Wednesday, February 01, 2012

Seattle Times: Forget The Voters

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Today the Washington State Senate is scheduled to vote on SB 6239, a bill that if passed, will redefine marriage and legalize so-called homosexual "marriage" in the state, forever changing the culture of the state and rewriting much of the public education sex-ed curriculum.

Senator Ed Murray and other activist legislators have been incrementally working toward this day for more than 15 years. Each session they have passed bills that expanded homosexual rights, all under the guise of fairness and compassion. In more recent years they have adopted the "civil rights" theme for their incremental progress, claiming their sexual behavior merited and was equal to the deserved civil rights movement of equality for African Americans.

Claiming that ethnicity is equivalent to their sexual behavior.

Sen. Murray says he now has the 25 votes necessary to pass the bill in the Senate. The margin is greater in the House.

Gov. Gregoire came out recently saying she was breaking with the beliefs of her church and her upbringing, but was going to both sponsor the bill and support redefining marriage anyway. "But," she said, her decision was not without personal moral conflict. And that she preferred that this issue be referred to the people for a vote.

Sen. Haugen, the 25th vote, recently joined the parade, also admitting personal moral conflict over the issue and wishing out loud it could be referred to the people for a vote. Senators Hill, Shin and others have also wished it could be referred to the people.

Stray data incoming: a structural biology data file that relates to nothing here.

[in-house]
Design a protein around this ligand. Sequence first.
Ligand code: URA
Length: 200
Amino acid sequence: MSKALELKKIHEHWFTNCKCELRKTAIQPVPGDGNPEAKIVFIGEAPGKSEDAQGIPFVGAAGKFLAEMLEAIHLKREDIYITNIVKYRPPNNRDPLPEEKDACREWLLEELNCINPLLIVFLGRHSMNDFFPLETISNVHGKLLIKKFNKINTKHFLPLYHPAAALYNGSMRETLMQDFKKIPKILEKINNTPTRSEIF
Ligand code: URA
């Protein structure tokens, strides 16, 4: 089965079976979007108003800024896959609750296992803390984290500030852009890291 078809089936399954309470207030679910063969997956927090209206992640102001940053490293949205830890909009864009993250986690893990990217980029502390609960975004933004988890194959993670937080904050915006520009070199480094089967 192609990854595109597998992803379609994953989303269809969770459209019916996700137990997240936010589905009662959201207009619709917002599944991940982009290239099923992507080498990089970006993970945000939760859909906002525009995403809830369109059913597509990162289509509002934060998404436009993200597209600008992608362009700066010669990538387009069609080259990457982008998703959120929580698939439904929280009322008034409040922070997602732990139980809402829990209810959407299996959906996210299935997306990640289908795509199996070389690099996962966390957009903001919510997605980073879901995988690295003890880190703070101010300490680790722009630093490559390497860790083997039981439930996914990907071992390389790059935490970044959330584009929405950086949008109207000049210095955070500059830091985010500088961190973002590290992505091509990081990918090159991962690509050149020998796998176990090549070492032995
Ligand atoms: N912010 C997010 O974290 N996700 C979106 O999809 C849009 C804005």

This past Monday, the Seattle Times told its readers to forget the voters saying, "The rights of minorities should not be subject to the whims of majorities."

The whims?

The sanctity of marriage as between a man and a woman has been honored and promoted by every successful civilization and affirmed by every major religion in the history of the human race. And every major religion condemns homosexual behavior as deviant and unacceptable.

Those who support marriage and oppose redefining it stand on solid ground and on the side of history and wisdom.

It is hardly a "whim."

Those seeking to redefine a proven human institution, elevating and celebrating behavior condemned throughout human experience, may better define "whim".

If Murray is right and his bill passes today, what if an amendment to refer the bill to the people is offered--- what will they do? Are they truthful about wishing it could go to a vote of the people? Or have they been merely creating a little political cover for themselves?

By the time this day has passed, we will likely know if the Senate is willing to stand against history and morality by redefining our oldest human institution.

And we will know if they really would prefer to refer it to the people.

If the Legislature is afraid to refer this issue to the people, those of us who are standing for marriage will run a referendum. And we all know what that will involve. But we will do it anyway, because the people have a right to speak on this issue?

May God help, guide and provide for us in the days ahead.

Be Prayerful.